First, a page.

Sunday, November 13, 2011

Happy Birthday

My mom's 60th birthday party was last night, and the affair was delicious, well-attended, and punch-y. Specifically, Fish House Punch-y. My aunt discovered that this Mad Men-era drink debuted in 1951, the year my mother was born. And, lemme tell you, while I am not a punch person per say; having abandoned all want for drinking large batches of sticky-sweet libations after an ill-fated jungle juice experience in college; this drink is nothing short of delicious. None too sweet, and lacking the cloying factor of most punches, this drink lives up to its name with the punch it packs.

The party was fantastic, and it was great to see so many people turn out to celebrate my mom's milestone birthday. Lots of family and old friends. A time for remembering the past and being thankful for birthdays; in her remarks right before she cut the cake, my mom said that while she can't believe she's turning 60, she's thankful for every birthday she's ever had because, hey, it beats the alternative.

Does it ever. My dad turned 60 two years ago in the midst of Snowmageddon, my mom is now entering this new decade, and I remember that I'm about six months away from leaving my twenties behind. I've had a number of friends already cross the threshold to the dirty thirty, and the process has seemed to afford mixed reviews. Some take it in stride, figuring nothing's really changed from 29 to 30 except what you punch into the treadmill at the gym. Some feel weighed down by the passing of time, perhaps even a few regrets about how that time might have been spent. But, for the most part, I think turning 30 is vastly different from turning 60, mostly because you're not yet realizing that the alternative becomes more and more apparent as you get older.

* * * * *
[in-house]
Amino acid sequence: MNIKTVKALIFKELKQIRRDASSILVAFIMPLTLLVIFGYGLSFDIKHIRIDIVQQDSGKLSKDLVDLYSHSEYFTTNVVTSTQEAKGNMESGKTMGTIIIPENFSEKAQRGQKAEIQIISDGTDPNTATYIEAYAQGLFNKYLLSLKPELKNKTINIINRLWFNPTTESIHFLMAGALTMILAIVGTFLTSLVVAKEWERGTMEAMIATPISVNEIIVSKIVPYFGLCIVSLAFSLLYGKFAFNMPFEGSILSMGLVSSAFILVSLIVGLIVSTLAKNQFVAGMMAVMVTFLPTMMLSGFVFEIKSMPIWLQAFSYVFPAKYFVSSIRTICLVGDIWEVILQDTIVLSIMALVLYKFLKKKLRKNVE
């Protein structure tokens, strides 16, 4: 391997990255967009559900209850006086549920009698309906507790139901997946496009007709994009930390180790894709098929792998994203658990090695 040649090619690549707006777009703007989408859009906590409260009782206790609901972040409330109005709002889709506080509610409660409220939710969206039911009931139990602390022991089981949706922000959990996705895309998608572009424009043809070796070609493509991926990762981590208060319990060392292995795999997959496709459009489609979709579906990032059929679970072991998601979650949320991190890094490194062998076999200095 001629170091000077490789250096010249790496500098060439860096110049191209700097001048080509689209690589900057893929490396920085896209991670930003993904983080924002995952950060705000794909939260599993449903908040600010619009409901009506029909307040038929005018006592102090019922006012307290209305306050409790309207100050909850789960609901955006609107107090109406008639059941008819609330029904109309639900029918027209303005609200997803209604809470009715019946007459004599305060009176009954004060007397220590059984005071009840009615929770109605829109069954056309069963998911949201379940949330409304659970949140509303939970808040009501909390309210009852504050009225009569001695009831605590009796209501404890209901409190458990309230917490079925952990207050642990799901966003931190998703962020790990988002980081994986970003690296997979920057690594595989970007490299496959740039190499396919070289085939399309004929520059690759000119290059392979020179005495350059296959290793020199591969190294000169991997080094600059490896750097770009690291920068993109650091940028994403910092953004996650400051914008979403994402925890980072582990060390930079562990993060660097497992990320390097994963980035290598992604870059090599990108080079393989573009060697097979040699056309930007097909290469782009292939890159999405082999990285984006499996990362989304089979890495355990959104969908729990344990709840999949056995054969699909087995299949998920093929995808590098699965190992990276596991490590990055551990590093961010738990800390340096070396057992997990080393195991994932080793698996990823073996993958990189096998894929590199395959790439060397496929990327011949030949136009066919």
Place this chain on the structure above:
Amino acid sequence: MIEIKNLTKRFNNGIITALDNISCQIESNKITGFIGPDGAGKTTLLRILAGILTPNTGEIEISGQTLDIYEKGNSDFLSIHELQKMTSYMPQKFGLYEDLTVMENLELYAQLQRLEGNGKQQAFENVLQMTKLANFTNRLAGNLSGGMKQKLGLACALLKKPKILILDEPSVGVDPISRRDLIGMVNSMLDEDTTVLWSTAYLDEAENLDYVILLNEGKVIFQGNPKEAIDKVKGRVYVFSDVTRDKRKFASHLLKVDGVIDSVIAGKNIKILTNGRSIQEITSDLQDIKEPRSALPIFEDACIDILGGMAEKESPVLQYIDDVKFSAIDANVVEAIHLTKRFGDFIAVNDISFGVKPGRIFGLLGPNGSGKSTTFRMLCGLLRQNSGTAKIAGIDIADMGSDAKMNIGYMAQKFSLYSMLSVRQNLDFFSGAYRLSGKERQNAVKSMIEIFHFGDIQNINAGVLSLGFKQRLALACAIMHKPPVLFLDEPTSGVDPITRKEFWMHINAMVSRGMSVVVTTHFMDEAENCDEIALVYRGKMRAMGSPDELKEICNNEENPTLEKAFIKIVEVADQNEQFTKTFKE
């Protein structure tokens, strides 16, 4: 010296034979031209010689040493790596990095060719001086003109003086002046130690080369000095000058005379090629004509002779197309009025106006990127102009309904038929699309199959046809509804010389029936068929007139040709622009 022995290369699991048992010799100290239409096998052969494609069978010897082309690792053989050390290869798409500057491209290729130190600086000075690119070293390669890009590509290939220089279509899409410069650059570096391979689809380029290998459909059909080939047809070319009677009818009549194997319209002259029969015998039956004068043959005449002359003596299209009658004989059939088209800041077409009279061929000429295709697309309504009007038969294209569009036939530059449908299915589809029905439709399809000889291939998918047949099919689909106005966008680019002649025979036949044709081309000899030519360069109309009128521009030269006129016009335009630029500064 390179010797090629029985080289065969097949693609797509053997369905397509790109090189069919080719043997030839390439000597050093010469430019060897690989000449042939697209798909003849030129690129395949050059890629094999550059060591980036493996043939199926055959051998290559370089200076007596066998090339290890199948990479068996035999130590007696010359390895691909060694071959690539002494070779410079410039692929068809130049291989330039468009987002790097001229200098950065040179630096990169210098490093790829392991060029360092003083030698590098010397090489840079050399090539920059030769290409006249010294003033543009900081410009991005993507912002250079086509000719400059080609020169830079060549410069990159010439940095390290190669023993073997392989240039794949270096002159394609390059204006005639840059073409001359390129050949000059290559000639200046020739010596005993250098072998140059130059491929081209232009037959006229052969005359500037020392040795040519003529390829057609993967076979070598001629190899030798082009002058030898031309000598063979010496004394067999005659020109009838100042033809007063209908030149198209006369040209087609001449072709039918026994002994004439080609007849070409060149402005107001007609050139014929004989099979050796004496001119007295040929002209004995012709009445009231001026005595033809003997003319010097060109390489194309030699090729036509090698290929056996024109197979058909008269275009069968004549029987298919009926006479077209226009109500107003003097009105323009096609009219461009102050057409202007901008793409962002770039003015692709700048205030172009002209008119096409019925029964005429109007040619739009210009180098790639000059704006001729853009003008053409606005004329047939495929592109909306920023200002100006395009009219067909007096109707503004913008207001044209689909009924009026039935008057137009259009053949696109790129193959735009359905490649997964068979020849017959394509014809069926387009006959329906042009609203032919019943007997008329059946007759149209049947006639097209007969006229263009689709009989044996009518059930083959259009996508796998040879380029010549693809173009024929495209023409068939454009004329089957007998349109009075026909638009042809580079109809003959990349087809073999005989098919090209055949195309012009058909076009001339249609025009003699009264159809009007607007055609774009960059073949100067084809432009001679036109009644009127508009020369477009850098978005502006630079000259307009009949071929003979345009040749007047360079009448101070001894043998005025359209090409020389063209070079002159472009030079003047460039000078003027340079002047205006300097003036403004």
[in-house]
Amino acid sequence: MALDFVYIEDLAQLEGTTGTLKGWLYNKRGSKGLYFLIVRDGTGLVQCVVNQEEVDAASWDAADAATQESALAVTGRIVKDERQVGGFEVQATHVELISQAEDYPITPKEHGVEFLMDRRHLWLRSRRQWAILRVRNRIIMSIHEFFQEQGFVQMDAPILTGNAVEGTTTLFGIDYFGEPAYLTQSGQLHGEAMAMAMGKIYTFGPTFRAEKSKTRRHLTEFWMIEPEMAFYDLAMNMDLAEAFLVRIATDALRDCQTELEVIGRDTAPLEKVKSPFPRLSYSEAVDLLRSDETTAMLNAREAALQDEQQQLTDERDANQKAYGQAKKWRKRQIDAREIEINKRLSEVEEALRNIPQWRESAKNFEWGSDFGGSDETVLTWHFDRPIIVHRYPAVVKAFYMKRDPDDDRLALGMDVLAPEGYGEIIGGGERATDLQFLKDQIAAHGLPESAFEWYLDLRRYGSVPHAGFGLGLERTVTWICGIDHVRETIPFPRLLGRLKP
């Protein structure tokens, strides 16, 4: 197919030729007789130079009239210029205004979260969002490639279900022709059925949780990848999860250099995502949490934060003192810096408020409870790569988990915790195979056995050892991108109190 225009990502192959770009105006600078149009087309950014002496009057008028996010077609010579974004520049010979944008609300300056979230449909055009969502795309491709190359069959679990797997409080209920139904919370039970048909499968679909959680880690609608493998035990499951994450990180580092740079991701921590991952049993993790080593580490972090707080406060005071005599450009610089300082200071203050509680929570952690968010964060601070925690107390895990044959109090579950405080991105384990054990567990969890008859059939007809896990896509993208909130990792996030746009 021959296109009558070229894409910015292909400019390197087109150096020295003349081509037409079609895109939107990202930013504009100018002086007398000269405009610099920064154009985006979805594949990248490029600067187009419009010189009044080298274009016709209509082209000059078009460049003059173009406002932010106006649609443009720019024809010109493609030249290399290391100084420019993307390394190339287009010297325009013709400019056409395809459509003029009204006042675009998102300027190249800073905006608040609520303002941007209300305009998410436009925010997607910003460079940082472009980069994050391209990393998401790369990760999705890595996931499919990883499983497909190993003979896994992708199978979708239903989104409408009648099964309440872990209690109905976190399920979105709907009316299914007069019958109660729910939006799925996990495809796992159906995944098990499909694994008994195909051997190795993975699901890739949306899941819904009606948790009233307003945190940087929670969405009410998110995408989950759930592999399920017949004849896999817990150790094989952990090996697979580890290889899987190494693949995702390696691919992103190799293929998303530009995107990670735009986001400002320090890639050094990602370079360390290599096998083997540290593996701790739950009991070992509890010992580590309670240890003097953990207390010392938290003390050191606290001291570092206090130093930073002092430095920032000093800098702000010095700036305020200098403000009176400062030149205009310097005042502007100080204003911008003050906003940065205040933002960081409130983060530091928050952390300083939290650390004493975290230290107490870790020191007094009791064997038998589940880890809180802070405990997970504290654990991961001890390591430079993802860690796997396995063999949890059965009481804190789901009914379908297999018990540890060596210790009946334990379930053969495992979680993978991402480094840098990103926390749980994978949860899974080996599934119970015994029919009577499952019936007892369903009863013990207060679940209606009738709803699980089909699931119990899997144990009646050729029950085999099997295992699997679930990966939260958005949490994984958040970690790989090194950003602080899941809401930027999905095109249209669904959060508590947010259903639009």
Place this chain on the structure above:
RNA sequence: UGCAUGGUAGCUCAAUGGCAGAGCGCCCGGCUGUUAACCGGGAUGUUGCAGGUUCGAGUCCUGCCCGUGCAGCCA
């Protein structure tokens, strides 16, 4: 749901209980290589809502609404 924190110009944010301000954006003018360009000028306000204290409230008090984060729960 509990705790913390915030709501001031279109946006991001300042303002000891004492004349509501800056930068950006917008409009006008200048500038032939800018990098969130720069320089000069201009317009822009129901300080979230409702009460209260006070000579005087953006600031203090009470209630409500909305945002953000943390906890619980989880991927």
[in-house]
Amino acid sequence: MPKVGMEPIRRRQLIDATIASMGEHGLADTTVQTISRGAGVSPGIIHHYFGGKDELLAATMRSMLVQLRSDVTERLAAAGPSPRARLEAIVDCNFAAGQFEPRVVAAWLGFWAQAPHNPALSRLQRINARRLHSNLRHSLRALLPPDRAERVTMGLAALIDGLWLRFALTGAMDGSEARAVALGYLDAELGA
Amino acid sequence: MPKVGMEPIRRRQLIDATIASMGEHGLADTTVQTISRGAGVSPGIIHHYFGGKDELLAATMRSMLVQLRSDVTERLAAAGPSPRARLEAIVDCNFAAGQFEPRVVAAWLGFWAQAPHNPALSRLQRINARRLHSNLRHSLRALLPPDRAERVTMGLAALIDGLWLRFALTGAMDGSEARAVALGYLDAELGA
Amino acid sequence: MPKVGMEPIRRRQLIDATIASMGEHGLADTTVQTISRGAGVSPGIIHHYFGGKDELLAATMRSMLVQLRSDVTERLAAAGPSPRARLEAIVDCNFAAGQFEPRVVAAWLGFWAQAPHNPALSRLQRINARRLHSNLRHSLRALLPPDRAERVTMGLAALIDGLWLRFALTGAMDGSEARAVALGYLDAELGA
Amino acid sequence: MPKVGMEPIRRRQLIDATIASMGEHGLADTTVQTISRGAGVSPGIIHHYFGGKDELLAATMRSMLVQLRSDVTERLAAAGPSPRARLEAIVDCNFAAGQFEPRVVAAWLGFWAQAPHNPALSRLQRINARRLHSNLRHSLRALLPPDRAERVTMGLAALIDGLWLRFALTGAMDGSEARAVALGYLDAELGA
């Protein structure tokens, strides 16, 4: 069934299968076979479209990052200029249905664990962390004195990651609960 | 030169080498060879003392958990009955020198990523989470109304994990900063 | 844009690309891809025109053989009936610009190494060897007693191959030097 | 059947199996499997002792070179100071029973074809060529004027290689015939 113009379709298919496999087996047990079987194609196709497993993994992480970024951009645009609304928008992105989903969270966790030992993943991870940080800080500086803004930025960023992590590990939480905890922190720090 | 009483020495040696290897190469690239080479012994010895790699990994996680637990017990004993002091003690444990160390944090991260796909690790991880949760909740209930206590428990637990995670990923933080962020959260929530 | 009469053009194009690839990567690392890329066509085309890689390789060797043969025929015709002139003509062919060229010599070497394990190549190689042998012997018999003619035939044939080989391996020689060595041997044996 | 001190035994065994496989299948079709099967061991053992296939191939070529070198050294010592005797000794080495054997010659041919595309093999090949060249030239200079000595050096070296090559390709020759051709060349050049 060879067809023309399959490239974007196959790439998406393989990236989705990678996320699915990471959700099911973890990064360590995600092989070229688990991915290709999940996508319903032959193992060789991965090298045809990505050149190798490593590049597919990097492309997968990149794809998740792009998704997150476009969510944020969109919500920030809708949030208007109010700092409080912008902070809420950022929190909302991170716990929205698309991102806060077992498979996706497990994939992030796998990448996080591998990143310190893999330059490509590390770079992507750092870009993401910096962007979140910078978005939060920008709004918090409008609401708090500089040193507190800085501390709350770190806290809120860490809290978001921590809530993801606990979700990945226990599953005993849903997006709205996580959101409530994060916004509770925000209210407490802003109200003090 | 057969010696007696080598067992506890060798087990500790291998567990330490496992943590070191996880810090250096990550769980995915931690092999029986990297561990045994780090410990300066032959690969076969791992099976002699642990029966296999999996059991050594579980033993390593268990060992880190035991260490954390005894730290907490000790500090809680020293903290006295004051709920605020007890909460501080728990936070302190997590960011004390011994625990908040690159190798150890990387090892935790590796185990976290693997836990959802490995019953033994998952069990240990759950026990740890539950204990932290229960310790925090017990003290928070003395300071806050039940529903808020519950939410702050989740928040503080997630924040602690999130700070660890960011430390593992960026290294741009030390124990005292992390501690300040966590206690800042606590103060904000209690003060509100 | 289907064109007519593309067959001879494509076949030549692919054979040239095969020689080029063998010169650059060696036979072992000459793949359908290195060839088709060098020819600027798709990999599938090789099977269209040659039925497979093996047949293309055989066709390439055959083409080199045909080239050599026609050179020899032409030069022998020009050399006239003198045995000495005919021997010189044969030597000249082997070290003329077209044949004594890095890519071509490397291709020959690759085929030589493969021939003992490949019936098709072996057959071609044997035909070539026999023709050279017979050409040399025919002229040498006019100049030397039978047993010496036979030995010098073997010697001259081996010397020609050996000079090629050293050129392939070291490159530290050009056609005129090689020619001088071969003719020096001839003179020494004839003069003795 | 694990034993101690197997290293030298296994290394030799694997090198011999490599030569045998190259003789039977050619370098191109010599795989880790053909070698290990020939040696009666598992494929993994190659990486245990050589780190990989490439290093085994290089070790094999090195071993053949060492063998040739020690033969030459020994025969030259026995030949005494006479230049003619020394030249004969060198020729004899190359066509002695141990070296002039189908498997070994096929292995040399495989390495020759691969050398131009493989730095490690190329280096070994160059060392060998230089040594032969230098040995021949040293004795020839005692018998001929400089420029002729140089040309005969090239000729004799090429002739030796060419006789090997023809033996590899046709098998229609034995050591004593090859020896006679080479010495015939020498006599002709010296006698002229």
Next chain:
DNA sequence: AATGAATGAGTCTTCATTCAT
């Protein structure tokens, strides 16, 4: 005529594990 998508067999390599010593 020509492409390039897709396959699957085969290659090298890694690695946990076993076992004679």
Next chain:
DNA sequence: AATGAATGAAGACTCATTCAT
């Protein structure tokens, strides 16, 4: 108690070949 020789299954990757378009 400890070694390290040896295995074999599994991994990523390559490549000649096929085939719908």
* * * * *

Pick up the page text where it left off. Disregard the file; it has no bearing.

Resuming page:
Turning 30 is fraught with social obligations and expectations, and a time to take stock of what your adult life is really going to look like. But turning 60 has afforded years of experience, and with that experience comes loss. Turning 60 is a time of gratitude and enjoyment, even if it's coupled with a little bit of disbelief. I think there's a learning experience in that.

I've never had any problems with my age, but I'll admit that I have some trepidation about 30. It just feels big. But my mom reminds me that it doesn't have to be - and isn't - bad. Change is good. And, quite frankly, there's a lot of things I'm not too upset to leave behind with my twenties.

Instead of focusing on what I don't have, or what hasn't happened, I think there's an opportunity here to celebrate, and to wish for the vain and spectacular hope that there will be many more big milestone birthdays to celebrate. Because how fantastic would it be to be 60, surrounded by family and friends who love you, who are present, who are celebrating your life with you?

Happy Birthday, Mom. Your grace in turning 60 is something to which I aspire. And when you turn 70, and 80, and 90, I only hope that we make bigger and bigger batches of Fish House Punch to celebrate.

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